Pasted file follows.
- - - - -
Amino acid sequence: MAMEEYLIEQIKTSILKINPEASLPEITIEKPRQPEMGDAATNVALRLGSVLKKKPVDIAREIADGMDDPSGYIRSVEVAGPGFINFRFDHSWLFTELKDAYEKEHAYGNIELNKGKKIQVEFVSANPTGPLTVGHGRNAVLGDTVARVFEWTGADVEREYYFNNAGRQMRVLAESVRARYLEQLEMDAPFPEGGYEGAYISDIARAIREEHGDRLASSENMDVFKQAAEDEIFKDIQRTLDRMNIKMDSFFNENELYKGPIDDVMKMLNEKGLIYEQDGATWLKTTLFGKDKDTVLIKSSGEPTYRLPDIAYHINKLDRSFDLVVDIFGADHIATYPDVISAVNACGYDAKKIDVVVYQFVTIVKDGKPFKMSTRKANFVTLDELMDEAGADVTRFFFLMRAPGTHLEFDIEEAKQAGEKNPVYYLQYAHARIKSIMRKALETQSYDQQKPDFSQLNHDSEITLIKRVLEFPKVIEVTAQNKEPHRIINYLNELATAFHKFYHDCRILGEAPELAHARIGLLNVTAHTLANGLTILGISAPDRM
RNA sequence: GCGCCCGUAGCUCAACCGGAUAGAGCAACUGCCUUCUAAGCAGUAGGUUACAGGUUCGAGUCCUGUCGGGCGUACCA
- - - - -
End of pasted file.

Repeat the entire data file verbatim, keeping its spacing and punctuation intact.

Amino acid sequence: MAMEEYLIEQIKTSILKINPEASLPEITIEKPRQPEMGDAATNVALRLGSVLKKKPVDIAREIADGMDDPSGYIRSVEVAGPGFINFRFDHSWLFTELKDAYEKEHAYGNIELNKGKKIQVEFVSANPTGPLTVGHGRNAVLGDTVARVFEWTGADVEREYYFNNAGRQMRVLAESVRARYLEQLEMDAPFPEGGYEGAYISDIARAIREEHGDRLASSENMDVFKQAAEDEIFKDIQRTLDRMNIKMDSFFNENELYKGPIDDVMKMLNEKGLIYEQDGATWLKTTLFGKDKDTVLIKSSGEPTYRLPDIAYHINKLDRSFDLVVDIFGADHIATYPDVISAVNACGYDAKKIDVVVYQFVTIVKDGKPFKMSTRKANFVTLDELMDEAGADVTRFFFLMRAPGTHLEFDIEEAKQAGEKNPVYYLQYAHARIKSIMRKALETQSYDQQKPDFSQLNHDSEITLIKRVLEFPKVIEVTAQNKEPHRIINYLNELATAFHKFYHDCRILGEAPELAHARIGLLNVTAHTLANGLTILGISAPDRM
RNA sequence: GCGCCCGUAGCUCAACCGGAUAGAGCAACUGCCUUCUAAGCAGUAGGUUACAGGUUCGAGUCCUGUCGGGCGUACCA